Themes and Meanings
Perhaps no American poet has written more authentically and compassionately of the inmates of United States prisons than Knight. His premise is that American society produces particular behaviors in the members of its virtually enslaved underclass that criminalize them. This then rationalizes society keeping them in penal compounds. This underclass in the twentieth century was radically overrepresented in prisons by male African Americans. The most resistant inmates are often dehumanized by social and technological behavior modification projects.
One reading of the poem can invoke the “black Prometheus” imagined by W. E. B. Du Bois. Hard Rock and the prisoners are Promethean avatars. “Hard Rock Returns to Prison from the Hospital for the Criminal Insane” invokes the Promethean crime of stealing power—however briefly—the Promethean setting of imprisonment with stone and chains, and the Promethean punishment of repetitive mutilation.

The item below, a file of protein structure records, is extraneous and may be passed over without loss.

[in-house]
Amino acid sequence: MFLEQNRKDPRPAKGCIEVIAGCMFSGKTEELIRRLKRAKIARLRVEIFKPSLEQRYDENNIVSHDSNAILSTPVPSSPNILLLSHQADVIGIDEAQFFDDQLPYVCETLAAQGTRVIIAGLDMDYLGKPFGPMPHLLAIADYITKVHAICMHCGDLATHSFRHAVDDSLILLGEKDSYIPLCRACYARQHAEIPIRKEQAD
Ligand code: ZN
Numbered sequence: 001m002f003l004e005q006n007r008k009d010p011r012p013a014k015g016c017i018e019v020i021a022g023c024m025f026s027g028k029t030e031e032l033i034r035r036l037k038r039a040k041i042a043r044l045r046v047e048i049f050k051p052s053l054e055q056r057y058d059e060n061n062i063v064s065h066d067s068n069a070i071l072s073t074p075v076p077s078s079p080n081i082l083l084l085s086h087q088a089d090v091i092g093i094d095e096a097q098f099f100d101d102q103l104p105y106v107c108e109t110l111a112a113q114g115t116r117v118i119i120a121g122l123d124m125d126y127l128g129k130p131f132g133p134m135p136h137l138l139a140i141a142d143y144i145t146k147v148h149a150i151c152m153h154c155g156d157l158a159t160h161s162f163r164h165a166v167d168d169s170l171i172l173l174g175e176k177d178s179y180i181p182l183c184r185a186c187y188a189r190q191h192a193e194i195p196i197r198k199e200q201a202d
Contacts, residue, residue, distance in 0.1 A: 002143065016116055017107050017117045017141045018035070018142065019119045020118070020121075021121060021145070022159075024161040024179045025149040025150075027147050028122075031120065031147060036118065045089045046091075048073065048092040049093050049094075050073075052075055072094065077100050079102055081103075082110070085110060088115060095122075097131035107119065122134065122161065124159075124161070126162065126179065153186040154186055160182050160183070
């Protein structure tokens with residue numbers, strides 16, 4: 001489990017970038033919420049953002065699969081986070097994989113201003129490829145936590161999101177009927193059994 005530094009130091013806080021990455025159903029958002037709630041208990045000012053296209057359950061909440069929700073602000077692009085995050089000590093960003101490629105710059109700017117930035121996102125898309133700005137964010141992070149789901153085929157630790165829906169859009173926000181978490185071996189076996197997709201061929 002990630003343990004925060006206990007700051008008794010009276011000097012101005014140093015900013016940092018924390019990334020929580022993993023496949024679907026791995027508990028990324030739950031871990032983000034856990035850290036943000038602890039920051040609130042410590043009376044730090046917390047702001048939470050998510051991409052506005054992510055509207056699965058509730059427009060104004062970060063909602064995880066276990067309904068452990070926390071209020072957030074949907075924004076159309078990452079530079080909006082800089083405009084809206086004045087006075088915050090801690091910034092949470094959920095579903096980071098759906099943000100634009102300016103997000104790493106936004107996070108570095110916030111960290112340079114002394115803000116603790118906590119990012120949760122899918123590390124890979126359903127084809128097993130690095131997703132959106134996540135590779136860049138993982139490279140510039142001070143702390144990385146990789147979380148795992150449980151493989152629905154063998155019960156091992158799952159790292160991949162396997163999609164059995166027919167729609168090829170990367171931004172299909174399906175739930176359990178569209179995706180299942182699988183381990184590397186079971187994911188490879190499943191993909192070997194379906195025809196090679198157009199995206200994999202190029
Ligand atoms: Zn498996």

“Hard Rock Returns to Prison from the Hospital for the Criminal Insane” recalls one of just three characters Knight explicitly named in his Poems from Prison , in addition to “Ol’ Rufus” and “Freckle-Faced Gerald”—both of whom were remarkable for their gentle vulnerability. The African American male prisoner Hard Rock is the persona of the genius of rebellion. He deserves the fear that the current rulers of the establishment accorded him. Above all, he has the reverence of the inmates. He is loved because his resolve is not defeatable by natural forces. Moreover, because his punishment is permanent, the beacon of his example is timeless. He is a “Destroyer” of docile...
(The entire section is 390 words.)